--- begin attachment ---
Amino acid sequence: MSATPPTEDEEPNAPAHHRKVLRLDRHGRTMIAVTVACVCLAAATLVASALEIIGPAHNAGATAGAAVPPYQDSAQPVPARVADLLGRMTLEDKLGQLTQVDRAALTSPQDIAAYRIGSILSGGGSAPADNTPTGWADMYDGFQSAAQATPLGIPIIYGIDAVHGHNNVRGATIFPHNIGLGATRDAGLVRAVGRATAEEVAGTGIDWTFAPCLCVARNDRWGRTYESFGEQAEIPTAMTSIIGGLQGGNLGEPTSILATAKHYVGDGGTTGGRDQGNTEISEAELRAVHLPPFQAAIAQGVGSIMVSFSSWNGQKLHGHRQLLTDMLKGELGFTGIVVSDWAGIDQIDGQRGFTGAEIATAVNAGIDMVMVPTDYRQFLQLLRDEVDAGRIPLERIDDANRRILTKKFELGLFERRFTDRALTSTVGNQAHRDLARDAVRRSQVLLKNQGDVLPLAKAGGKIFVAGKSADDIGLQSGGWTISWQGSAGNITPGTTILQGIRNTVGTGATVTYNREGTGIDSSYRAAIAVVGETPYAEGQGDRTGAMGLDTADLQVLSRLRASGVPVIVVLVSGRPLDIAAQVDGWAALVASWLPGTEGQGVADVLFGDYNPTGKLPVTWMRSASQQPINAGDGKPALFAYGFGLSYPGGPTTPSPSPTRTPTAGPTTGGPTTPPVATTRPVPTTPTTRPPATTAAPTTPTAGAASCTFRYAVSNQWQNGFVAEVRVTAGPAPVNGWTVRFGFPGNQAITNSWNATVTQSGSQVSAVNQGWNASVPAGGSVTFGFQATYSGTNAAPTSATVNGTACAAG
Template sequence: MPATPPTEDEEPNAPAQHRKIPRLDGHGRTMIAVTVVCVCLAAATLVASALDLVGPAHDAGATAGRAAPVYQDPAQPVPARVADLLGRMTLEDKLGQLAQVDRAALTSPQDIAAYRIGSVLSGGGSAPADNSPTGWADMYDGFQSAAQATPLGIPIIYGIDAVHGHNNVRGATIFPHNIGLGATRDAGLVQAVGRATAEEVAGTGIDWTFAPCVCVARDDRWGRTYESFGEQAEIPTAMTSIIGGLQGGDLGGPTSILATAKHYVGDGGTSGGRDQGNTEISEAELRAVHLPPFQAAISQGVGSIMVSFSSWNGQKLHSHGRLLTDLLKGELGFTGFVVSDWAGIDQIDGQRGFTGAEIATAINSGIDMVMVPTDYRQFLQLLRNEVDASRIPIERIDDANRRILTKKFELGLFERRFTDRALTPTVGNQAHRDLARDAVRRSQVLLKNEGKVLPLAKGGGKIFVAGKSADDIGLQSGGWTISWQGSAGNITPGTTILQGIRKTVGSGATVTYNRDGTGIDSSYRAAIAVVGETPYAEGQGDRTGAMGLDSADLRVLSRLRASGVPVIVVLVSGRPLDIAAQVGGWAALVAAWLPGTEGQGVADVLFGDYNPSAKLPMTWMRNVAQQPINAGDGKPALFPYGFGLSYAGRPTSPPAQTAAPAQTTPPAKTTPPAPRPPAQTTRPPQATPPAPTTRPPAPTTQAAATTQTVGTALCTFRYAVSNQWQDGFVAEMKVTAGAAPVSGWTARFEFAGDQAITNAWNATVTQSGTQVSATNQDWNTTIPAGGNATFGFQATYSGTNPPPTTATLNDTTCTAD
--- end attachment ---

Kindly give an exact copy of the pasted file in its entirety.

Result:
Amino acid sequence: MSATPPTEDEEPNAPAHHRKVLRLDRHGRTMIAVTVACVCLAAATLVASALEIIGPAHNAGATAGAAVPPYQDSAQPVPARVADLLGRMTLEDKLGQLTQVDRAALTSPQDIAAYRIGSILSGGGSAPADNTPTGWADMYDGFQSAAQATPLGIPIIYGIDAVHGHNNVRGATIFPHNIGLGATRDAGLVRAVGRATAEEVAGTGIDWTFAPCLCVARNDRWGRTYESFGEQAEIPTAMTSIIGGLQGGNLGEPTSILATAKHYVGDGGTTGGRDQGNTEISEAELRAVHLPPFQAAIAQGVGSIMVSFSSWNGQKLHGHRQLLTDMLKGELGFTGIVVSDWAGIDQIDGQRGFTGAEIATAVNAGIDMVMVPTDYRQFLQLLRDEVDAGRIPLERIDDANRRILTKKFELGLFERRFTDRALTSTVGNQAHRDLARDAVRRSQVLLKNQGDVLPLAKAGGKIFVAGKSADDIGLQSGGWTISWQGSAGNITPGTTILQGIRNTVGTGATVTYNREGTGIDSSYRAAIAVVGETPYAEGQGDRTGAMGLDTADLQVLSRLRASGVPVIVVLVSGRPLDIAAQVDGWAALVASWLPGTEGQGVADVLFGDYNPTGKLPVTWMRSASQQPINAGDGKPALFAYGFGLSYPGGPTTPSPSPTRTPTAGPTTGGPTTPPVATTRPVPTTPTTRPPATTAAPTTPTAGAASCTFRYAVSNQWQNGFVAEVRVTAGPAPVNGWTVRFGFPGNQAITNSWNATVTQSGSQVSAVNQGWNASVPAGGSVTFGFQATYSGTNAAPTSATVNGTACAAG
Template sequence: MPATPPTEDEEPNAPAQHRKIPRLDGHGRTMIAVTVVCVCLAAATLVASALDLVGPAHDAGATAGRAAPVYQDPAQPVPARVADLLGRMTLEDKLGQLAQVDRAALTSPQDIAAYRIGSVLSGGGSAPADNSPTGWADMYDGFQSAAQATPLGIPIIYGIDAVHGHNNVRGATIFPHNIGLGATRDAGLVQAVGRATAEEVAGTGIDWTFAPCVCVARDDRWGRTYESFGEQAEIPTAMTSIIGGLQGGDLGGPTSILATAKHYVGDGGTSGGRDQGNTEISEAELRAVHLPPFQAAISQGVGSIMVSFSSWNGQKLHSHGRLLTDLLKGELGFTGFVVSDWAGIDQIDGQRGFTGAEIATAINSGIDMVMVPTDYRQFLQLLRNEVDASRIPIERIDDANRRILTKKFELGLFERRFTDRALTPTVGNQAHRDLARDAVRRSQVLLKNEGKVLPLAKGGGKIFVAGKSADDIGLQSGGWTISWQGSAGNITPGTTILQGIRKTVGSGATVTYNRDGTGIDSSYRAAIAVVGETPYAEGQGDRTGAMGLDSADLRVLSRLRASGVPVIVVLVSGRPLDIAAQVGGWAALVAAWLPGTEGQGVADVLFGDYNPSAKLPMTWMRNVAQQPINAGDGKPALFPYGFGLSYAGRPTSPPAQTAAPAQTTPPAKTTPPAPRPPAQTTRPPQATPPAPTTRPPAPTTQAAATTQTVGTALCTFRYAVSNQWQDGFVAEMKVTAGAAPVSGWTARFEFAGDQAITNAWNATVTQSGTQVSATNQDWNTTIPAGGNATFGFQATYSGTNPPPTTATLNDTTCTAD